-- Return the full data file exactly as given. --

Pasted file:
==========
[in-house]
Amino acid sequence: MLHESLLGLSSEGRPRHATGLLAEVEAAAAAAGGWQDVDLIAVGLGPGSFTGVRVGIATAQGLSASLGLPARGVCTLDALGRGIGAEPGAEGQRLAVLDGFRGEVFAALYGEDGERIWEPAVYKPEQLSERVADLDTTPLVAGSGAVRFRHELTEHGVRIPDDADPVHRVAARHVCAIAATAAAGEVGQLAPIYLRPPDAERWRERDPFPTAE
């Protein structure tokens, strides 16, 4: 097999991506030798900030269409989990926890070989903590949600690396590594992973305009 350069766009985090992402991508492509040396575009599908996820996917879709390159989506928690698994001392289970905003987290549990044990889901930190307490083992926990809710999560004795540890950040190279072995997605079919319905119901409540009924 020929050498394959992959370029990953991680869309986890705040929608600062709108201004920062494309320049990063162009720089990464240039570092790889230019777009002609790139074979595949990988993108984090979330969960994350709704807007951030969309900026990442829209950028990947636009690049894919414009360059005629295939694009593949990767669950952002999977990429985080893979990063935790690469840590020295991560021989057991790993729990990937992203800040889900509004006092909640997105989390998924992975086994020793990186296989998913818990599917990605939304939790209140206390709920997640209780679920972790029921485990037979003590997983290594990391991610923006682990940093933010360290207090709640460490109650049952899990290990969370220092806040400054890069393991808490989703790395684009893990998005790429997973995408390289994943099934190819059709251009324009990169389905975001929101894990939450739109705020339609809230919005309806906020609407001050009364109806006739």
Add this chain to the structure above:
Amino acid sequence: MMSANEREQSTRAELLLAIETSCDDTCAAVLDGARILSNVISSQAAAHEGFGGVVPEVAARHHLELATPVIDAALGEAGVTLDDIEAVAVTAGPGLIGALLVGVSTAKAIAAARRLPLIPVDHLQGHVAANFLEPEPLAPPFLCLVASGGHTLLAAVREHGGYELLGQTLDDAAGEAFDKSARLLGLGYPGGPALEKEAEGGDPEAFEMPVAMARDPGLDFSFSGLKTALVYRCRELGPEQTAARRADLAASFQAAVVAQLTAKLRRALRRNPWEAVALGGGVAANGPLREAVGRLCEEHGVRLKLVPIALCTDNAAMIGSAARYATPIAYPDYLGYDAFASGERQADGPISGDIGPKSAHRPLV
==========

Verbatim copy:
[in-house]
Amino acid sequence: MLHESLLGLSSEGRPRHATGLLAEVEAAAAAAGGWQDVDLIAVGLGPGSFTGVRVGIATAQGLSASLGLPARGVCTLDALGRGIGAEPGAEGQRLAVLDGFRGEVFAALYGEDGERIWEPAVYKPEQLSERVADLDTTPLVAGSGAVRFRHELTEHGVRIPDDADPVHRVAARHVCAIAATAAAGEVGQLAPIYLRPPDAERWRERDPFPTAE
């Protein structure tokens, strides 16, 4: 097999991506030798900030269409989990926890070989903590949600690396590594992973305009 350069766009985090992402991508492509040396575009599908996820996917879709390159989506928690698994001392289970905003987290549990044990889901930190307490083992926990809710999560004795540890950040190279072995997605079919319905119901409540009924 020929050498394959992959370029990953991680869309986890705040929608600062709108201004920062494309320049990063162009720089990464240039570092790889230019777009002609790139074979595949990988993108984090979330969960994350709704807007951030969309900026990442829209950028990947636009690049894919414009360059005629295939694009593949990767669950952002999977990429985080893979990063935790690469840590020295991560021989057991790993729990990937992203800040889900509004006092909640997105989390998924992975086994020793990186296989998913818990599917990605939304939790209140206390709920997640209780679920972790029921485990037979003590997983290594990391991610923006682990940093933010360290207090709640460490109650049952899990290990969370220092806040400054890069393991808490989703790395684009893990998005790429997973995408390289994943099934190819059709251009324009990169389905975001929101894990939450739109705020339609809230919005309806906020609407001050009364109806006739």
Add this chain to the structure above:
Amino acid sequence: MMSANEREQSTRAELLLAIETSCDDTCAAVLDGARILSNVISSQAAAHEGFGGVVPEVAARHHLELATPVIDAALGEAGVTLDDIEAVAVTAGPGLIGALLVGVSTAKAIAAARRLPLIPVDHLQGHVAANFLEPEPLAPPFLCLVASGGHTLLAAVREHGGYELLGQTLDDAAGEAFDKSARLLGLGYPGGPALEKEAEGGDPEAFEMPVAMARDPGLDFSFSGLKTALVYRCRELGPEQTAARRADLAASFQAAVVAQLTAKLRRALRRNPWEAVALGGGVAANGPLREAVGRLCEEHGVRLKLVPIALCTDNAAMIGSAARYATPIAYPDYLGYDAFASGERQADGPISGDIGPKSAHRPLV